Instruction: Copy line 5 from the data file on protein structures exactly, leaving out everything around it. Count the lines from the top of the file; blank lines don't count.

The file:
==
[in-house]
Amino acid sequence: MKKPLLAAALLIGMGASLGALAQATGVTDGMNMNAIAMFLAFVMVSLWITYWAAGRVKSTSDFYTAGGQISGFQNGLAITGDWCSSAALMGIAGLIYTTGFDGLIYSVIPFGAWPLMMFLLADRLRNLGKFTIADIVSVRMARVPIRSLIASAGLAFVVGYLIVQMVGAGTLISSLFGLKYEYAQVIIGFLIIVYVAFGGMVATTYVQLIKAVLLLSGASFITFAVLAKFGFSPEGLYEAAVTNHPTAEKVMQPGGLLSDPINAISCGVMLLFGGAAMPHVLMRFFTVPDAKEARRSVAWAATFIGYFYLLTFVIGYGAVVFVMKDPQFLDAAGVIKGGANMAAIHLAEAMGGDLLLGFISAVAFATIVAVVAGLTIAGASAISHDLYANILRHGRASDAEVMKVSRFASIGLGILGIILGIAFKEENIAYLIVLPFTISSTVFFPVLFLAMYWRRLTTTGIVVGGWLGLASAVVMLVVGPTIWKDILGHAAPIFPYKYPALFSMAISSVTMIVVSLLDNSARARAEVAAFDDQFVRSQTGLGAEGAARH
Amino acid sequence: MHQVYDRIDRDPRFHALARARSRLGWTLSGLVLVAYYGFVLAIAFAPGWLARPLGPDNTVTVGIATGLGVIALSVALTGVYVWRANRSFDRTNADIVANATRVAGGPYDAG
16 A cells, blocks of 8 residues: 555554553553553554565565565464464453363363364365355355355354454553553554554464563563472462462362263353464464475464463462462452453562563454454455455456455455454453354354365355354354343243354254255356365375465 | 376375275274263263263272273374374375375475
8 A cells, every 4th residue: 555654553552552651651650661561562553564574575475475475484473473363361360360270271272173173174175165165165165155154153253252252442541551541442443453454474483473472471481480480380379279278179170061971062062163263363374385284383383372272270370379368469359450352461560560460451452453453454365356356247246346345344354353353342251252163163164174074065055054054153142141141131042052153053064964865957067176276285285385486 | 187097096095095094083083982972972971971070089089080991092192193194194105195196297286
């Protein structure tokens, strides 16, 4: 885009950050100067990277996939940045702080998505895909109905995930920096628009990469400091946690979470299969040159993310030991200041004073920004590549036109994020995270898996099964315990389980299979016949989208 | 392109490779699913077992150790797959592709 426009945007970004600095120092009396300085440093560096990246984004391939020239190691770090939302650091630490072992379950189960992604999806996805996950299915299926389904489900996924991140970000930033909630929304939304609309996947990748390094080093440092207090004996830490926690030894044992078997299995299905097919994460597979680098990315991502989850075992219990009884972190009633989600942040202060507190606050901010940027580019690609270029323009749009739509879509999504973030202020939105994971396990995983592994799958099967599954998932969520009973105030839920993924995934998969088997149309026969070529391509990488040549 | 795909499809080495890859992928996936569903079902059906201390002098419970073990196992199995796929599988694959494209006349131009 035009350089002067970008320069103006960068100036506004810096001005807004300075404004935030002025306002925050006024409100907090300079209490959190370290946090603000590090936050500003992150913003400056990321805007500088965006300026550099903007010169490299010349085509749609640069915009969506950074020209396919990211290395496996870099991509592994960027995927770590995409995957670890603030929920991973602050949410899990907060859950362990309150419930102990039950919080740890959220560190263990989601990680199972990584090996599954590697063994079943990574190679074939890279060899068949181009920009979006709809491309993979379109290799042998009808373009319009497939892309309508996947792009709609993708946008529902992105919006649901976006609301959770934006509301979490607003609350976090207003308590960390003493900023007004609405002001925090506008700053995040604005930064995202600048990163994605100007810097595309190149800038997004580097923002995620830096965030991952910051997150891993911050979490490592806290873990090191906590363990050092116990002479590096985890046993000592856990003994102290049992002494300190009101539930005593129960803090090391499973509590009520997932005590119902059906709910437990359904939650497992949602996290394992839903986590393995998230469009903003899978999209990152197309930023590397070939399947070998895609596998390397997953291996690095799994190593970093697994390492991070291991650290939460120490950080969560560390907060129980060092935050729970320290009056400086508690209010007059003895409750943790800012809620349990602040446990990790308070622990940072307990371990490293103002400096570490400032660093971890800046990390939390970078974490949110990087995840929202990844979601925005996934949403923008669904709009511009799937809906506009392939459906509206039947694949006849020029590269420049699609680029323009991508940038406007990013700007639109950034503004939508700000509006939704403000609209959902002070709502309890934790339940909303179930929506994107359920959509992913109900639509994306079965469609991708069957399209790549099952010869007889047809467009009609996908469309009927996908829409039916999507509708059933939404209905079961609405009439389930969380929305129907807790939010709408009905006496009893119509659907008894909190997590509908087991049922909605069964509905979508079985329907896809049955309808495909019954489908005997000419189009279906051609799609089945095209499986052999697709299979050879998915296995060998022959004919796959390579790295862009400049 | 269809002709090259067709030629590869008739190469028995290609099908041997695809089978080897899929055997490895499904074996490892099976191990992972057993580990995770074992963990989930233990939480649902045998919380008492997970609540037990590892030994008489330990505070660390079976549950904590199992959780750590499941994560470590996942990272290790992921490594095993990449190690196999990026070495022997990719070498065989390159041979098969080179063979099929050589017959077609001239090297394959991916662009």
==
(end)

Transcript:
8 A cells, every 4th residue: 555654553552552651651650661561562553564574575475475475484473473363361360360270271272173173174175165165165165155154153253252252442541551541442443453454474483473472471481480480380379279278179170061971062062163263363374385284383383372272270370379368469359450352461560560460451452453453454365356356247246346345344354353353342251252163163164174074065055054054153142141141131042052153053064964865957067176276285285385486 | 187097096095095094083083982972972971971070089089080991092192193194194105195196297286